We highlight tech trends and developments that impact the world of work

Agency focuses on human cloud workers’ taxes

More needs to be done to fix tax noncompliance among workers operating through human cloud platforms and other sharing economy firms. That is according to a report by the US Treasury Inspector General for Tax Administration called, “Expansion of the Gig Economy Warrants Focus on Improving Self-Employment Tax Compliance,” that was released Feb. 14.

Gig economy platforms often do not withhold money from payments for tax purposes, according to the report. “This creates a more complicated tax situation for individuals who, in many cases, may not understand the tax obligations of their activities, such as the possible obligation to pay self-employment tax.”

The report also noted self-employment income is frequently underreported, and this will likely increase as workers use human cloud firms such as Uber, Lyft and Handy to earn income, as well as sharing economy firms such as Etsy.

It came up with several recommendations, including the development of a strategic plan to address noncompliance by human cloud workers.

Difficulties with regulations on tax Form 1099-K, which some gig economy workers may or may not receive, were also noted.

“Treasury Regulations do not require certain gig economy businesses to issue Form 1099-K unless workers earn at least $20,000 and engage in at least 200 transactions annually,” according to the report. “Consequently, many taxpayers who earn income in the gig economy do not receive a Form 1099-K; therefore, their income is not reported to the IRS. When income is not reported to the IRS, taxpayers are more likely to be noncompliant.”

Firms using virtual reality to train workers

Walmart announced last year it would use virtual reality to help train workers. In fact, the retail giant said it was providing Oculus VR headsets to all its stores in the US.

“The great thing about VR is its ability to make learning experiential,” said Andy Trainor, Walmart’s senior director of Walmart US Academies, according to a post by the company. “When you watch a module through the headset, your brain feels like you actually experienced a situation.”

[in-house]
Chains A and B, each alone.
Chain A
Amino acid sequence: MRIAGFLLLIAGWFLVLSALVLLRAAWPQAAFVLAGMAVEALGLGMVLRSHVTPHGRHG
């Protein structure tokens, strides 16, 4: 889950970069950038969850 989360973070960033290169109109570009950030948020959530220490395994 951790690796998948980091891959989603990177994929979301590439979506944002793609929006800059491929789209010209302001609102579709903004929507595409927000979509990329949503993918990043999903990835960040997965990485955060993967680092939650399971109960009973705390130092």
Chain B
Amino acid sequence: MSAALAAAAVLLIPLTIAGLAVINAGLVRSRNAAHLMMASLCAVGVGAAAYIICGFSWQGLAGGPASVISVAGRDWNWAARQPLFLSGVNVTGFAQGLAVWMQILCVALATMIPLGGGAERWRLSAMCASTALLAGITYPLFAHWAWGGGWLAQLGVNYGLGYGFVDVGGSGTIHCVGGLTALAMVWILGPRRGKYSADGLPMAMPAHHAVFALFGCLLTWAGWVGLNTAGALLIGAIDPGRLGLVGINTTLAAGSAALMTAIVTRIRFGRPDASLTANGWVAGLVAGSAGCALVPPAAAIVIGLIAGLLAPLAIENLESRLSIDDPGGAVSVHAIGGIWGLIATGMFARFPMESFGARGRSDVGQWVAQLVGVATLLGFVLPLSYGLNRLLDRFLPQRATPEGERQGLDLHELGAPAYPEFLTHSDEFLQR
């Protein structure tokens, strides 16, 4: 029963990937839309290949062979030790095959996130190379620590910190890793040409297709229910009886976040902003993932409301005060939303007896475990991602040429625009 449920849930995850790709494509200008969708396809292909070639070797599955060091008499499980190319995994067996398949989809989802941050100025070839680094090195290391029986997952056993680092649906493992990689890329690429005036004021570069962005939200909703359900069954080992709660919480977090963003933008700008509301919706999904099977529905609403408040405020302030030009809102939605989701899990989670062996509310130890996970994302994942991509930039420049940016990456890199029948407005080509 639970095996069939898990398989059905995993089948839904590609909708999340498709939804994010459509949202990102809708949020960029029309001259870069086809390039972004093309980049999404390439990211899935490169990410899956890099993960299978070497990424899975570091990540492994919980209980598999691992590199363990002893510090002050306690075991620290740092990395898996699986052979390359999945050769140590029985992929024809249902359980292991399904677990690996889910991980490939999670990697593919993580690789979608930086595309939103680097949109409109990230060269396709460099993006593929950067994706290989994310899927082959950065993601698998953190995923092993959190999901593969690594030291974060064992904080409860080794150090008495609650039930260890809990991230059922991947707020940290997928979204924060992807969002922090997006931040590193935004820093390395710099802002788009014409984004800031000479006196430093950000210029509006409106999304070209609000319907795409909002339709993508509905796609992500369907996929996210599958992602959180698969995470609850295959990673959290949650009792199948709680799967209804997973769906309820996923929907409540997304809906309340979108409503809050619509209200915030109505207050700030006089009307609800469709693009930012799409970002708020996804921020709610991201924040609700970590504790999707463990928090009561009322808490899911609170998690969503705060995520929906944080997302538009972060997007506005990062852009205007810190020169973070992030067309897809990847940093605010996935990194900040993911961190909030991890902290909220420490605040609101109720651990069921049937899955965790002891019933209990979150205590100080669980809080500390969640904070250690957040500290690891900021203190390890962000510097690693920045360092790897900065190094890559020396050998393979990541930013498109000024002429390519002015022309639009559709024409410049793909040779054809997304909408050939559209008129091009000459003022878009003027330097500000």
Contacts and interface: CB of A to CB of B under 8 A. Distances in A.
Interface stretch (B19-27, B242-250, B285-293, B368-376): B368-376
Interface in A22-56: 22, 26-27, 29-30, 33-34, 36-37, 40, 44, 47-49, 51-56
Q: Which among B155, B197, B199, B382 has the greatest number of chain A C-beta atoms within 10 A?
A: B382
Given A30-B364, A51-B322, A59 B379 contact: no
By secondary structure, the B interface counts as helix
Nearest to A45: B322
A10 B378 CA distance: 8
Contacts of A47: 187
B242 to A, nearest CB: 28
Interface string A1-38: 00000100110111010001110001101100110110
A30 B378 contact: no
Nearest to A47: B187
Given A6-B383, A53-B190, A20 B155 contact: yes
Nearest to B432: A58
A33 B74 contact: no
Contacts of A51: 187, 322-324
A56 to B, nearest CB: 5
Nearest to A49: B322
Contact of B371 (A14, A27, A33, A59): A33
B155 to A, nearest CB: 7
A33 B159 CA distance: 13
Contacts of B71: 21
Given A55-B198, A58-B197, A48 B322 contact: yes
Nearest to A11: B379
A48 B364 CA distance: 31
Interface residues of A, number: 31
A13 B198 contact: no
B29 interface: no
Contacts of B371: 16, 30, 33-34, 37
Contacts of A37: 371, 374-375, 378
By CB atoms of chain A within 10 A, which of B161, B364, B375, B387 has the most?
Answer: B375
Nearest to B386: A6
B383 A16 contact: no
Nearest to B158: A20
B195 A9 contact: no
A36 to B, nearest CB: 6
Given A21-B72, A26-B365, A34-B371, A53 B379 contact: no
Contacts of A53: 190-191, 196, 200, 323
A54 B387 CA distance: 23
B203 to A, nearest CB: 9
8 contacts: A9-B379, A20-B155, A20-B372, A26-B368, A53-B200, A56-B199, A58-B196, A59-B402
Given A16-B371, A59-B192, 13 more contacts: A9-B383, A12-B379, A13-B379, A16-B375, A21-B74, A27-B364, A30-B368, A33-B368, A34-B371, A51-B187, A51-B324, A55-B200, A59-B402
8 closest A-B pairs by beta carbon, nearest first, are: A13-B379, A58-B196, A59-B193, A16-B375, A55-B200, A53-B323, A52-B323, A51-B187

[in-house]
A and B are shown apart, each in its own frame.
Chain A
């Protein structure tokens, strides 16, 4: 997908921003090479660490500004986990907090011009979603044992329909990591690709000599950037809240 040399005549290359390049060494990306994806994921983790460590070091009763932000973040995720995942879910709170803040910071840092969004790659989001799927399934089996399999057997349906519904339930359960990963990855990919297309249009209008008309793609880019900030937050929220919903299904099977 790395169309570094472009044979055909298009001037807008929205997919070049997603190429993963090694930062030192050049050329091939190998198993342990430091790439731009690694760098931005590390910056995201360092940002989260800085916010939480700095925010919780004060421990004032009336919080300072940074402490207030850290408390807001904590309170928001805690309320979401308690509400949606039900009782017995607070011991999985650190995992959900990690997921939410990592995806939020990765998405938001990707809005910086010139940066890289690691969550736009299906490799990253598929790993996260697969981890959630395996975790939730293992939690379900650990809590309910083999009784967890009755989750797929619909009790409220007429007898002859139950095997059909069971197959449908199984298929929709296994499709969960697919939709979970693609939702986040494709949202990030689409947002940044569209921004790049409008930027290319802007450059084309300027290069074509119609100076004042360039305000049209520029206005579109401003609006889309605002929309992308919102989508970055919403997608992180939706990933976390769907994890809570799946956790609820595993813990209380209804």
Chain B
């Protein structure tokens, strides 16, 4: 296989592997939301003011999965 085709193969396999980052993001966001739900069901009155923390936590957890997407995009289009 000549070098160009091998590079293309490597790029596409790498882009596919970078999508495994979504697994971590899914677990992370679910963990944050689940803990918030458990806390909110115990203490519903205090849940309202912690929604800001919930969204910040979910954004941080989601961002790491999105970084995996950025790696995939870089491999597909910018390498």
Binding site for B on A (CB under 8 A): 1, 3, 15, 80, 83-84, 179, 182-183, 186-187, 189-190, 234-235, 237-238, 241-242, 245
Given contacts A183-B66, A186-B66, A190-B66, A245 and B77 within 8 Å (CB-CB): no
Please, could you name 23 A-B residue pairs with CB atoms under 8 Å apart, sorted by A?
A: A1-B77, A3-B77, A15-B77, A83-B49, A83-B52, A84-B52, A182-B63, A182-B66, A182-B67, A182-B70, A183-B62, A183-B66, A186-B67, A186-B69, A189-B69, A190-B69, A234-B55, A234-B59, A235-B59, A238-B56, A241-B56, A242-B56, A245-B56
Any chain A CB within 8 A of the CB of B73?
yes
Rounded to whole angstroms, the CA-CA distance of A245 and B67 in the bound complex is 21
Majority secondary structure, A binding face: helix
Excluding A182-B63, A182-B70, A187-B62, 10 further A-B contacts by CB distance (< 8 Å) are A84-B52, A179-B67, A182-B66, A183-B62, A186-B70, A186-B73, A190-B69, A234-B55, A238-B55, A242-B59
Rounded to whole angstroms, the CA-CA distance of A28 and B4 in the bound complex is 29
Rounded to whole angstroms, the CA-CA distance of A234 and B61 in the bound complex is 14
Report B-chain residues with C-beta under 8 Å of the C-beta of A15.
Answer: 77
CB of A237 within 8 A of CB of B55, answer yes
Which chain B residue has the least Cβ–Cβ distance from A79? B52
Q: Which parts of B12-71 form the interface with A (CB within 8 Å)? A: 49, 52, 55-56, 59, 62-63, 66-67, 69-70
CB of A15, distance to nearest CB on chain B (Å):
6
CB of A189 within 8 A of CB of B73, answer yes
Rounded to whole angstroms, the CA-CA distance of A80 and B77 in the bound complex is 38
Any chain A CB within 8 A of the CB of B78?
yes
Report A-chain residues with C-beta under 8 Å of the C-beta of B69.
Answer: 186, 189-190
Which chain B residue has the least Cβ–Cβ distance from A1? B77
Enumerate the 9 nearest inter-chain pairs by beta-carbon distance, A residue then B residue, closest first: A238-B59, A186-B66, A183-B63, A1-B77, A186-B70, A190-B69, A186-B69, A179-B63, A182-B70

Use of VR training is also coming to the staffing industry. Hamilton-Ryker, a Franklin, Tenn.-based staffing firm, announced it was using VR to help train workers on forklift driving.

“Utilizing this technology enables us to assess candidates’ forklift-driving skill level, which allows us to determine if they can pass our clients’ driving tests,” Hamilton- Ryker COO Shari Franey said in a statement. “Through the training feature, others were able to gain or improve their skills, allowing them to pass our clients’ tests and get the job.”

Franey said the technology has resulted in a 40% increase in the successful placement of forklift drivers.

Recruit starts blockchain investment fund

Recruit Holding Co. Ltd. announced in February it had established a fund to invest in blockchain startups. It’s an interesting move for Recruit, which ranks as one of the world’s largest staffing firms. The company’s US brands include Advantage Resourcing and Staffmark. Recruit also owns Indeed and Glassdoor.

Already, the fund has invested in Beam Development, an Israel-based company operating in the blockchain space, Recruit also said in February. Beam Development’s Beam coin cryptocurrency is aimed at helping keep blockchain transactions private.

“While securing auditability of transactions by allowing transaction data to be verified by a specified third party, Beam token provides a blockchain with a function that prevents the divulgation of transaction data to third parties and protects the user’s transaction information,” according to Recruit.

The size of Recruit’s blockchain fund is $25 million in US dollars.

Recruit has also previously invested in other blockchain firms, such as New York-based BlockFi Inc., which lends money based on the security of virtual currency, and San Francisco-based Loyyal, which provides blockchain solutions for products such as loyalty programs. One example of Loyyal’s use includes enabling airlines to more quickly track frequent flier miles that were earned by customers through airline partners such as ride-sharing firms.